Why Do I Ask Questions At the End of My Posts?

questions_answers_1The short answer to why usually I ask questions at the end of my posts is that I read somewhere that it was a good thing for bloggers to do to get readers to engage.

The long answer is a little more complicated.

It is true that I’ve read that bloggers should ask thought-provoking questions to hook their readers. But I usually ask the questions at the end of my posts. My purpose is less to hook my readers than to get you thinking.

Why do I want to get you thinking? Well, I hope that this blog provokes some dialogue and that it isn’t purely entertainment.

The stated theme of this blog is “One writer’s journey through life and time”—a pretty broad theme, but it describes a journey I want to take my readers on with me.

Sometimes my journey is through history. I give my thoughts on how the past impacts the present (and future), and I want you to consider these things as well.

Sometimes my journey is through my own and my family’s lives. Readers have their own family histories that impact who they are. I hope my questions help you reflect on the joys and sorrows of your own past and how those who have touched your life have influenced you.

My journal

My journal

Sometimes my journey is into myself. I ask myself questions all the time in my journal. I don’t always answer them, but the questions indicate what’s troubling me at that point in time. When I find myself asking the same questions over and over, it means I need to change something, to work on that area of my life. I’ve made many changes as a result of these questions over the almost thirteen years that I’ve been journaling. (Yikes! That’s the time a kid goes from kindergarten to college—I hope I’ve made some changes!)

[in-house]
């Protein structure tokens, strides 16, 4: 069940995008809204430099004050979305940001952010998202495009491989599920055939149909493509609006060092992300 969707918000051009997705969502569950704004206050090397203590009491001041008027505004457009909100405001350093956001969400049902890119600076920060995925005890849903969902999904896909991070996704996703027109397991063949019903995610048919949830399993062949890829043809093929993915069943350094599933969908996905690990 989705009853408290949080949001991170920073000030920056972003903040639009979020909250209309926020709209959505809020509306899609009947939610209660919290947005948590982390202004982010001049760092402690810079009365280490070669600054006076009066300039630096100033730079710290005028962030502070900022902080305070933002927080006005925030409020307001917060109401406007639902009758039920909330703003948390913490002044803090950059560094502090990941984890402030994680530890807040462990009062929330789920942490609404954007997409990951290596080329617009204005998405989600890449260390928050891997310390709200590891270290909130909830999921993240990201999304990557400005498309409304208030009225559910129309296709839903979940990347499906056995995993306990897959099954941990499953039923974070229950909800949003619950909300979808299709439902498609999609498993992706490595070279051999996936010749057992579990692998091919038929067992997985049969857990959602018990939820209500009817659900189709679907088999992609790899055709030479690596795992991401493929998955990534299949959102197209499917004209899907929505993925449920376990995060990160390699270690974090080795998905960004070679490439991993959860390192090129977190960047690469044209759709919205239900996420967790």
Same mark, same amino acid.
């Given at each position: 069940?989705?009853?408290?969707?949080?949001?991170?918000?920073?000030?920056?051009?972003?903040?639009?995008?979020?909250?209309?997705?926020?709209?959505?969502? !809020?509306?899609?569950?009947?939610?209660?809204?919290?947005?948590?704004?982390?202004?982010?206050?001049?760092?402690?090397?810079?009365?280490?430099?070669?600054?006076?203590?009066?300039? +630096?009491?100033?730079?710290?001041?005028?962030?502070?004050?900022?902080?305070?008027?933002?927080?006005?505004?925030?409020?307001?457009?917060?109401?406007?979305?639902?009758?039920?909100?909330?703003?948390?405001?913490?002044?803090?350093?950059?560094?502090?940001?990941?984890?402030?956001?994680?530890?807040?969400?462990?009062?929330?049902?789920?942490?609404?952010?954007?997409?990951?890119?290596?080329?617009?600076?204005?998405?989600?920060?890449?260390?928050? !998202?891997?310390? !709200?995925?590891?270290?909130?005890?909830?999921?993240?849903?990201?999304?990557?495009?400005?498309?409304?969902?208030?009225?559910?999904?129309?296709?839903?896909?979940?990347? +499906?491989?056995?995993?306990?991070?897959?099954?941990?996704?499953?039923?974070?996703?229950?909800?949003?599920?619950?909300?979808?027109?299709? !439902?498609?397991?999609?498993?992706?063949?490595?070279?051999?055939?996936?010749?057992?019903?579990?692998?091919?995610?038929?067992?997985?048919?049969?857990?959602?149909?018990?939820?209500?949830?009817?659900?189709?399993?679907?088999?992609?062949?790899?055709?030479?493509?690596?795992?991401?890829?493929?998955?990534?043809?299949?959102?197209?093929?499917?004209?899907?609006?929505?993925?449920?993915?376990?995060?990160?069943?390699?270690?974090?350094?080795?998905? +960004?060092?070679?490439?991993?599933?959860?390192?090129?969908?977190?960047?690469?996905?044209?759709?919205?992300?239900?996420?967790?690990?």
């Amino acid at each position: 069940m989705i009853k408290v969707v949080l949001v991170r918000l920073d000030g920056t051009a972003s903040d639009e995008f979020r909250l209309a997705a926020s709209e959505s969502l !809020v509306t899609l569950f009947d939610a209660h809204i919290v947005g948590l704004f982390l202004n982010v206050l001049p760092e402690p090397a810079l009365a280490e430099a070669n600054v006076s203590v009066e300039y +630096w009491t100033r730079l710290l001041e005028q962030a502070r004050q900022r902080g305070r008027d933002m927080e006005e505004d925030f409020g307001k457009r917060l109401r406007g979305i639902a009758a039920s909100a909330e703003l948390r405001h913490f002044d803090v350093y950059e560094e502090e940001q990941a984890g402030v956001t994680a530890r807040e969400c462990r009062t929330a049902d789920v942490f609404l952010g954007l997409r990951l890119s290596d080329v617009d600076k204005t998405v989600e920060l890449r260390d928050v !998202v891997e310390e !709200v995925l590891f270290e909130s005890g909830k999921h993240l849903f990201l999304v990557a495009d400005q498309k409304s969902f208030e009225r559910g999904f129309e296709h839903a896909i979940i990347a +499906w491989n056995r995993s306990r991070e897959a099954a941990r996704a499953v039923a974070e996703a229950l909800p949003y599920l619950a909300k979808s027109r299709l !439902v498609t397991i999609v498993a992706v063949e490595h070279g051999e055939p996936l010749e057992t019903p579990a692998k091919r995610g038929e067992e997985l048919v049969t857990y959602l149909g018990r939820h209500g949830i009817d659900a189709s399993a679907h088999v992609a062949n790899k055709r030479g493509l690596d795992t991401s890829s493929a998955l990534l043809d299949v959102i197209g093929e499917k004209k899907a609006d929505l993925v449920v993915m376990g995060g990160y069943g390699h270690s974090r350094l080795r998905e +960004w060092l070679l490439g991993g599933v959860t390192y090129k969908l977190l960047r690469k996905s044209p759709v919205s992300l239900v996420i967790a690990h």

So some of my questions are intended to help readers explore their own lives as well.

Do you find yourself pondering the questions I ask after you read? If not, how can I make this blog more meaningful to you?

Posted in Family, History, Philosophy, Writing and tagged , , , , , , .


  1. I do. But I also am usually confronted with the fact that my mind has gone in a different direction and has to be lassoed back in by the question ;).

  2. It’s an interesting turn your writing has taken lately. It seems more fluid, more personal. The history pieces are interesting, but this glimpse into your person is even more interesting. For me, the questions are less interesting or important than the writing. And I do think about what you’ve written. I just don’t think about the questions. I wonder if framing the questions in a different way would be more interesting for you and for your readers. For example, a question beginning with “do” presupposes an answer while “I wonder if…” opens to wondering; “is there a way that…” might also make the question more open to pondering.

    Then again, it’s also possible that none of us have much time for pondering!! You might want to sign up for one of the WordPress Blogging U courses. They are interesting, people give a lot of critical thinking feedback, and you’ll pick up new readers for your blog.

    • Janet,
      You’re right — this time of year no one has time to ponder. Despite your very good posts on the meaning of Advent. Which is a time to ponder.
      I’ll look into the WordPress courses, but at the moment my novels are demanding more of me thank I have time to give.
      Thanks. Theresa

  3. I guess it depends on the questioned asked whether I ponder it or not. I enjoy your blog very much Theresa. I especially enjoy the posts about stories from your past and family. Your photos are always a nice touch as well.

  4. For me, some questions beg a response on my part and other questions do not but they garner a response from others. You can’t possibly address all the interests of all of us. Keep it up, I think you’re doing a great job.

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